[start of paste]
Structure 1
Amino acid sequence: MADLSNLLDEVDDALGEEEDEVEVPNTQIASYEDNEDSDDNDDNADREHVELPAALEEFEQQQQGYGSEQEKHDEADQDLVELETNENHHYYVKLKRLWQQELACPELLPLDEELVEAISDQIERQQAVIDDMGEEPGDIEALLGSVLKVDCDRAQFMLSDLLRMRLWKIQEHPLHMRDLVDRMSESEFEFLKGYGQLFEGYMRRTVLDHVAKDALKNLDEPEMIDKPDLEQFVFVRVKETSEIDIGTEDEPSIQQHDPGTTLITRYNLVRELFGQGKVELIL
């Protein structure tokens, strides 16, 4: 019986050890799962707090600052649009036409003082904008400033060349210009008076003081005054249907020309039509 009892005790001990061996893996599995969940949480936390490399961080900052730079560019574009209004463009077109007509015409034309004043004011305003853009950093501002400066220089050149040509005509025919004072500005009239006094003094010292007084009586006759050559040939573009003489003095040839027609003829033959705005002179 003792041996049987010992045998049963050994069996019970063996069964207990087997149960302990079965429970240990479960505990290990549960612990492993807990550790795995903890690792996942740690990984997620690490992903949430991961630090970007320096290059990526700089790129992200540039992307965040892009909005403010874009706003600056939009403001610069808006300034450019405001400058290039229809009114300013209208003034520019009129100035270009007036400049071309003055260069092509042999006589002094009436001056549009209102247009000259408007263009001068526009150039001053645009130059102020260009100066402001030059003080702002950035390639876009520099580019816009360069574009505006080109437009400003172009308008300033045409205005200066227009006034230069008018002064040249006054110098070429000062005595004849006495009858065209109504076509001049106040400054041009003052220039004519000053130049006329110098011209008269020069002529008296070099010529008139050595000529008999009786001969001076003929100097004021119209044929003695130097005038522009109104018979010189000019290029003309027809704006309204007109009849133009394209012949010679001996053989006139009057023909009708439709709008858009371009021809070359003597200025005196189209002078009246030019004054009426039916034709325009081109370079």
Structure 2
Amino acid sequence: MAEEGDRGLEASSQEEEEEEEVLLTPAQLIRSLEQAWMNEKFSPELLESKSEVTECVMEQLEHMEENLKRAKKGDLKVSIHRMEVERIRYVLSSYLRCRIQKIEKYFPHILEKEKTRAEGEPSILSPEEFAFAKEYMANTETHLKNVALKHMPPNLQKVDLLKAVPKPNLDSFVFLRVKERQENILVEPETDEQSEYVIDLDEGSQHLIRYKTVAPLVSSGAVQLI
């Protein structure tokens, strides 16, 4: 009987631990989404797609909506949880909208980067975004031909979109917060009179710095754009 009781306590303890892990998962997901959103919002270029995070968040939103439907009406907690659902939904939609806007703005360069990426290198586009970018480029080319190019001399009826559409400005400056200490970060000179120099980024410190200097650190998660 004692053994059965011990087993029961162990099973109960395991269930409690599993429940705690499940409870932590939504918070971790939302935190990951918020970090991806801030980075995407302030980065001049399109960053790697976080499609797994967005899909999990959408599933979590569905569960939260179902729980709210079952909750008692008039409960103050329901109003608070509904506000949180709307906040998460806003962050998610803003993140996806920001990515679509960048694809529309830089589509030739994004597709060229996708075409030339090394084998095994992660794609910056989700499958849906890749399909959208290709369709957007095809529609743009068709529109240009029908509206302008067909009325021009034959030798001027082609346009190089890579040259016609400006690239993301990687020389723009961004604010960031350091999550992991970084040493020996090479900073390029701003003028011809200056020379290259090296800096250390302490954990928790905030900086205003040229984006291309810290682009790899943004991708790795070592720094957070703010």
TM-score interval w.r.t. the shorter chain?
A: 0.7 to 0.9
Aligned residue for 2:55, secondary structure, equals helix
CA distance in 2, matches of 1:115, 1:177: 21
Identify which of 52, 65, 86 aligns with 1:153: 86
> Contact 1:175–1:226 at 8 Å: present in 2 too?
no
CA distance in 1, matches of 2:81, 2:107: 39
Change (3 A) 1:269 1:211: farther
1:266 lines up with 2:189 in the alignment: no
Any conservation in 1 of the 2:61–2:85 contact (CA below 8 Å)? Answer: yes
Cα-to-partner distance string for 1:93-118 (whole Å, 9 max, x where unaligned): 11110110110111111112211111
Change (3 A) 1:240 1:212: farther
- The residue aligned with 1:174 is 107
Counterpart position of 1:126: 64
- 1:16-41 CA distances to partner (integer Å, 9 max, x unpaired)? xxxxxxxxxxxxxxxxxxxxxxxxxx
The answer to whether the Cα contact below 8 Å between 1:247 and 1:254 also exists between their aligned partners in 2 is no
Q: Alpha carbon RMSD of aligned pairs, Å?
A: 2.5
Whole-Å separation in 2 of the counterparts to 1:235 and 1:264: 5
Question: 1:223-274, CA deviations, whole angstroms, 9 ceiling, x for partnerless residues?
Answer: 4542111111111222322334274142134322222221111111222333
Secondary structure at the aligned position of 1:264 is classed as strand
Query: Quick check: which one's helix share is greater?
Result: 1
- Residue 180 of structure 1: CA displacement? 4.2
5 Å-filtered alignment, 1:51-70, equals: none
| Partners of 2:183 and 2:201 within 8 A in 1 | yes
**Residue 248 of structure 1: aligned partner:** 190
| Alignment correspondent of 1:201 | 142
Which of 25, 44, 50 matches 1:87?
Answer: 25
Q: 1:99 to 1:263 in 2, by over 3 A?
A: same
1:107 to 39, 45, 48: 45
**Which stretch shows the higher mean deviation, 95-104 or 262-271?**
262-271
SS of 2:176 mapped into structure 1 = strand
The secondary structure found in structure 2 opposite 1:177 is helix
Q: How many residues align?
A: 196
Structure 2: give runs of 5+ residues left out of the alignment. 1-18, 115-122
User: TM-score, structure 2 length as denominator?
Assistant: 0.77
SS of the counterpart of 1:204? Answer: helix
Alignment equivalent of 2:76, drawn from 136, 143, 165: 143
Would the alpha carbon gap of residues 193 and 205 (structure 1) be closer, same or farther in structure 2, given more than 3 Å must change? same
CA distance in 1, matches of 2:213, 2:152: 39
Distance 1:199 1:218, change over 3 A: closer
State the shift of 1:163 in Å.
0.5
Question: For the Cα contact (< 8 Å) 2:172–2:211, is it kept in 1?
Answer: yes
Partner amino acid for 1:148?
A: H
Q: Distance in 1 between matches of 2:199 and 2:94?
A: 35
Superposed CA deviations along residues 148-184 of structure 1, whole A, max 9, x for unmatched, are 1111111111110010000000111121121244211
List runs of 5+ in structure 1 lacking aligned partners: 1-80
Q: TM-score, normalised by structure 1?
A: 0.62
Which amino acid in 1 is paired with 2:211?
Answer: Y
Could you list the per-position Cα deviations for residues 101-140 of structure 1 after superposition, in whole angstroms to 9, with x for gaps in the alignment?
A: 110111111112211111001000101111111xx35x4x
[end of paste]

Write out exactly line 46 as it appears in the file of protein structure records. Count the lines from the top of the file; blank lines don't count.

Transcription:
Q: How many residues align?